Three Reasons to Cheer for Independent Publishers

I like to think of independent publishers as little minnows swimming bravely into ponds dominated by big fishes. Despite having competition in every corner, independents carry on with their end goal in sight. Now, you must also understand that when I say “independent publishers”, I don’t mean self-published authors. I am speaking of those small companies running the race in lanes next to big-name publishers such as HarperCollins and Penguin Random House. These are the companies run by people who are willing to take a chance in a very risky and unpredictable market. However, despite many a valiant effort, independent publishers have yet to gain the recognition they deserve. It’s time to shine the spotlight on these small businesses and give them a round of applause. Let me tell you why.

1) Authors Come First  

Before anyone gets out of sorts, this isn’t where I start condemning mainstream publishers. This is where we discuss an independent publisher’s ability to give their authors closer attention. Unlike mainstream publishers, independent publishers usually maintain only a handful of authors. Having a shorter list allows indies to provide more focus and attention to their author’s needs. They can provide editors who can be called in the wee hours of the morning when things go awry, even they’d prefer to be sleeping. Essentially, independent publishers become the trusted bedfellows of their authors. That’s more than an author can hope to attain from a large company with an extensive list.

2) Solid Storytelling Can Survive

At the risk of sounding overly negative, I think mainstream publishers sometimes fall short in producing unique novels that the market hasn’t seen before. Yet, I can’t blame them. Sticking with authors readers know is guaranteed to maintain sales while infringing on familiarity can create unstable ground. Despite the uncertainty, independent publishers are more willing to take on the fledgling authors. They are the publishers looking for fresh stories and potential instead of revenue and sameness. Don’t get me wrong, independents also need money to survive, but they have more opportunity to grab hold of a good story when it’s sent their way. By taking on this mindset, these companies have the potential to discover the next Pablo Neruda or Ezra Pound. You just never know how, or where, no-names can become big names.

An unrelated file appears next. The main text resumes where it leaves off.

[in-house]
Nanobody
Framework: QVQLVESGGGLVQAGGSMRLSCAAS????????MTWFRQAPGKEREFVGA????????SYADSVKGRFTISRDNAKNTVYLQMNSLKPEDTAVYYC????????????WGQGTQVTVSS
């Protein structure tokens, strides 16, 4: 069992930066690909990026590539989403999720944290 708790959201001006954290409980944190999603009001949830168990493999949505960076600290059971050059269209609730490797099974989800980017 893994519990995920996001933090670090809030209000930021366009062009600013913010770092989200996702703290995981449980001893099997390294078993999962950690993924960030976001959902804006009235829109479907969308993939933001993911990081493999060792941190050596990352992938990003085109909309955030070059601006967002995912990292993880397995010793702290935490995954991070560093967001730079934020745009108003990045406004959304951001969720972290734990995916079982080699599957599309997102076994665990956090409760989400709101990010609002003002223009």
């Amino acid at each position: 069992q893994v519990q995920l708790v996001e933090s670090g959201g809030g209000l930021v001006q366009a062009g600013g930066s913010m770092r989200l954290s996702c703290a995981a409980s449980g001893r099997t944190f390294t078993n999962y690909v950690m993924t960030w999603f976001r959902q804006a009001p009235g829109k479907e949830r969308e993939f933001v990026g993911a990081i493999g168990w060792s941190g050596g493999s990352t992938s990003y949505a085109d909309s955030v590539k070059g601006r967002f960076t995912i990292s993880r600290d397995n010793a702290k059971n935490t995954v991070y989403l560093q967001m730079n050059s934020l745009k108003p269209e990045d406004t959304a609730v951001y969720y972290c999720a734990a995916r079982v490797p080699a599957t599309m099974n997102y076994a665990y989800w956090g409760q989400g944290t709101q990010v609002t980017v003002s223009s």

3) Less Is Always More

Although the idea of having limited office space, fewer resources, and a smaller employee base seems daunting, many indie publishers have created solid business models that survive. Realistically, some may fail, but there are those who have the ability to thrive. Take New York publishers New Directions, for example. It was founded in 1936 by a twenty-two year old with a love for books and a dream. Fast-forward eighty years later and the company is still thriving while maintaining only nine employees. Their key to success has involved welcoming unknown authors and being the first U.S. publisher of names such as Jorge Luis Borges and Anne Carson, among other admirable accomplishments. New Directions is just one example of how publishers don’t necessarily require size to flourish, but attention to quality their readers can rely on.

If you’d like to explore the world of independent publishers a bit more, follow the links below:

Advertisements

Leave a Reply

Fill in your details below or click an icon to log in:

WordPress.com Logo

You are commenting using your WordPress.com account. Log Out / Change )

Twitter picture

You are commenting using your Twitter account. Log Out / Change )

Facebook photo

You are commenting using your Facebook account. Log Out / Change )

Google+ photo

You are commenting using your Google+ account. Log Out / Change )

Connecting to %s